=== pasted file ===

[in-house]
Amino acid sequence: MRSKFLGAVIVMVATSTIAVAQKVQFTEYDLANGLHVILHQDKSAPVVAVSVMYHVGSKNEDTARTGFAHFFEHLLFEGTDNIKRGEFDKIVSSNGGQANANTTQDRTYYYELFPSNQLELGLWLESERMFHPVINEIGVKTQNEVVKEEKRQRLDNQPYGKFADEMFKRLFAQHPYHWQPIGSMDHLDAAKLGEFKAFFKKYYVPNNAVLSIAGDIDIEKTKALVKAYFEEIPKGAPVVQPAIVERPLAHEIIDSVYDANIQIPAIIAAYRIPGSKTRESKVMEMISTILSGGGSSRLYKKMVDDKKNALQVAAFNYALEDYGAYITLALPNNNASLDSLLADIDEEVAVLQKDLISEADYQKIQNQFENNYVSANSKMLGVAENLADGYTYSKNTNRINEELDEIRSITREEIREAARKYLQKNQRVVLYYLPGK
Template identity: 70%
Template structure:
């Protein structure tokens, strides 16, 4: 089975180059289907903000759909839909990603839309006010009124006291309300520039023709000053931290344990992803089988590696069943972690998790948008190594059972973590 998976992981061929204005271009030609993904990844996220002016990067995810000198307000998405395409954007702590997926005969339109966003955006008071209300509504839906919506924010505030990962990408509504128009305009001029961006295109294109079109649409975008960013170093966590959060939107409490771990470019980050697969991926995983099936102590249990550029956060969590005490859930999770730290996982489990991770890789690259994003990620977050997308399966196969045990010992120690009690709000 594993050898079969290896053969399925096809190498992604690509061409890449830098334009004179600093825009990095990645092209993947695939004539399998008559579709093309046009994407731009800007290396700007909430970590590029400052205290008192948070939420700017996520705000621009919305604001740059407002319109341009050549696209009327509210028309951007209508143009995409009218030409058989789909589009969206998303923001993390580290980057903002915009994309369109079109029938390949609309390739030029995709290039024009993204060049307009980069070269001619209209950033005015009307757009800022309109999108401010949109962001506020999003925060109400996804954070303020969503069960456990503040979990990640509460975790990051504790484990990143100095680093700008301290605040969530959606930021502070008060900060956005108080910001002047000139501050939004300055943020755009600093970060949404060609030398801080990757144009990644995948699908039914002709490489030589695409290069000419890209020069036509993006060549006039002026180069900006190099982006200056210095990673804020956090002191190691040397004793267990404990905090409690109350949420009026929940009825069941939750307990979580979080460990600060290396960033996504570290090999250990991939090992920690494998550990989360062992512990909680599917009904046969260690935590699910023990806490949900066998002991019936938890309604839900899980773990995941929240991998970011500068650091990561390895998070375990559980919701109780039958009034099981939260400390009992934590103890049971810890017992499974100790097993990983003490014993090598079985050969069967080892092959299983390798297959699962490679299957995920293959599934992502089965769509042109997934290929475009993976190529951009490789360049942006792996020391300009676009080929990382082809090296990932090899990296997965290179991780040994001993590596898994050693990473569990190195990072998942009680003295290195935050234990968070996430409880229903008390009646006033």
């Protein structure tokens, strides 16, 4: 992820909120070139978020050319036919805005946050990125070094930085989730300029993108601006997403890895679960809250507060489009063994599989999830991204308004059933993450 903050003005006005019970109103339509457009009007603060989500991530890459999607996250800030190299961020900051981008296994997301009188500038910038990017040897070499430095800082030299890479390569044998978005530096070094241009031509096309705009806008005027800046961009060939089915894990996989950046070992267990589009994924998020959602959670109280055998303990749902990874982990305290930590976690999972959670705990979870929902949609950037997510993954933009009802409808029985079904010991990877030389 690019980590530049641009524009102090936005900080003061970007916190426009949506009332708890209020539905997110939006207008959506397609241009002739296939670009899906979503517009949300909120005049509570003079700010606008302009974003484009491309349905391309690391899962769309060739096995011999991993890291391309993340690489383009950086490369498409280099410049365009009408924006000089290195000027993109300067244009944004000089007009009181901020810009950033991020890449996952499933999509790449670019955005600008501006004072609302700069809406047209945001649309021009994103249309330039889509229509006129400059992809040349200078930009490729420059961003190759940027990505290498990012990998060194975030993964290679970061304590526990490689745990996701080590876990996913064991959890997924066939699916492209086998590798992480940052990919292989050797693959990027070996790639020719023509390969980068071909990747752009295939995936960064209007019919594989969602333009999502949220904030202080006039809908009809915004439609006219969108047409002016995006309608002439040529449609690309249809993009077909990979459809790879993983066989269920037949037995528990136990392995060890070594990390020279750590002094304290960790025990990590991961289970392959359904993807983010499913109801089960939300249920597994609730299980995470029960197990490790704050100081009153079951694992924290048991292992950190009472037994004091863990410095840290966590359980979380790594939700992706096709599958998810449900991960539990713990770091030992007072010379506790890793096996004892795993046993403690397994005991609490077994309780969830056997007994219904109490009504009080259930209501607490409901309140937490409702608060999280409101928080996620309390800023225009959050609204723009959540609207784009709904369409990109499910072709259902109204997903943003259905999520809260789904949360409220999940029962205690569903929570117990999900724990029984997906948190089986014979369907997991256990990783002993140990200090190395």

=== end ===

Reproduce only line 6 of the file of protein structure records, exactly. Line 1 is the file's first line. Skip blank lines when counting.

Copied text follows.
């Protein structure tokens, strides 16, 4: 992820909120070139978020050319036919805005946050990125070094930085989730300029993108601006997403890895679960809250507060489009063994599989999830991204308004059933993450 903050003005006005019970109103339509457009009007603060989500991530890459999607996250800030190299961020900051981008296994997301009188500038910038990017040897070499430095800082030299890479390569044998978005530096070094241009031509096309705009806008005027800046961009060939089915894990996989950046070992267990589009994924998020959602959670109280055998303990749902990874982990305290930590976690999972959670705990979870929902949609950037997510993954933009009802409808029985079904010991990877030389 690019980590530049641009524009102090936005900080003061970007916190426009949506009332708890209020539905997110939006207008959506397609241009002739296939670009899906979503517009949300909120005049509570003079700010606008302009974003484009491309349905391309690391899962769309060739096995011999991993890291391309993340690489383009950086490369498409280099410049365009009408924006000089290195000027993109300067244009944004000089007009009181901020810009950033991020890449996952499933999509790449670019955005600008501006004072609302700069809406047209945001649309021009994103249309330039889509229509006129400059992809040349200078930009490729420059961003190759940027990505290498990012990998060194975030993964290679970061304590526990490689745990996701080590876990996913064991959890997924066939699916492209086998590798992480940052990919292989050797693959990027070996790639020719023509390969980068071909990747752009295939995936960064209007019919594989969602333009999502949220904030202080006039809908009809915004439609006219969108047409002016995006309608002439040529449609690309249809993009077909990979459809790879993983066989269920037949037995528990136990392995060890070594990390020279750590002094304290960790025990990590991961289970392959359904993807983010499913109801089960939300249920597994609730299980995470029960197990490790704050100081009153079951694992924290048991292992950190009472037994004091863990410095840290966590359980979380790594939700992706096709599958998810449900991960539990713990770091030992007072010379506790890793096996004892795993046993403690397994005991609490077994309780969830056997007994219904109490009504009080259930209501607490409901309140937490409702608060999280409101928080996620309390800023225009959050609204723009959540609207784009709904369409990109499910072709259902109204997903943003259905999520809260789904949360409220999940029962205690569903929570117990999900724990029984997906948190089986014979369907997991256990990783002993140990200090190395």